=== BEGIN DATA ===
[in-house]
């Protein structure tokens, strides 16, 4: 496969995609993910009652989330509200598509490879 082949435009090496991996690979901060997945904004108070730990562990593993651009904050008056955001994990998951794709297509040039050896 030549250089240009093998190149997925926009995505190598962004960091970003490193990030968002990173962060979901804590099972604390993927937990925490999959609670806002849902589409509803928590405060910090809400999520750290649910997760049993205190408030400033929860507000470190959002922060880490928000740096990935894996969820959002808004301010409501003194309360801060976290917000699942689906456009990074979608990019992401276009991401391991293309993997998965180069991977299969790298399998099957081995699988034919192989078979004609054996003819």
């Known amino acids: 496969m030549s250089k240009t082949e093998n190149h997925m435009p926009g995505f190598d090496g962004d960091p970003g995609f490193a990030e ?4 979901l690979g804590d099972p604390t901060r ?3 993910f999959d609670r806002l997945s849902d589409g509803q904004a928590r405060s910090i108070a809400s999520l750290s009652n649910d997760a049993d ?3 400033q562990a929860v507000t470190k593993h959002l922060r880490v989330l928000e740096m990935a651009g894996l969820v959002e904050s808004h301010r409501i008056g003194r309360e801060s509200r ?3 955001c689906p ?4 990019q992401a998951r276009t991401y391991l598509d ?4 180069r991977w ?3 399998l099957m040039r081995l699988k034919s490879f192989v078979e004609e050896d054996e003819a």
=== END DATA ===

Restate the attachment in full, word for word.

[in-house]
């Protein structure tokens, strides 16, 4: 496969995609993910009652989330509200598509490879 082949435009090496991996690979901060997945904004108070730990562990593993651009904050008056955001994990998951794709297509040039050896 030549250089240009093998190149997925926009995505190598962004960091970003490193990030968002990173962060979901804590099972604390993927937990925490999959609670806002849902589409509803928590405060910090809400999520750290649910997760049993205190408030400033929860507000470190959002922060880490928000740096990935894996969820959002808004301010409501003194309360801060976290917000699942689906456009990074979608990019992401276009991401391991293309993997998965180069991977299969790298399998099957081995699988034919192989078979004609054996003819």
């Known amino acids: 496969m030549s250089k240009t082949e093998n190149h997925m435009p926009g995505f190598d090496g962004d960091p970003g995609f490193a990030e ?4 979901l690979g804590d099972p604390t901060r ?3 993910f999959d609670r806002l997945s849902d589409g509803q904004a928590r405060s910090i108070a809400s999520l750290s009652n649910d997760a049993d ?3 400033q562990a929860v507000t470190k593993h959002l922060r880490v989330l928000e740096m990935a651009g894996l969820v959002e904050s808004h301010r409501i008056g003194r309360e801060s509200r ?3 955001c689906p ?4 990019q992401a998951r276009t991401y391991l598509d ?4 180069r991977w ?3 399998l099957m040039r081995l699988k034919s490879f192989v078979e004609e050896d054996e003819a």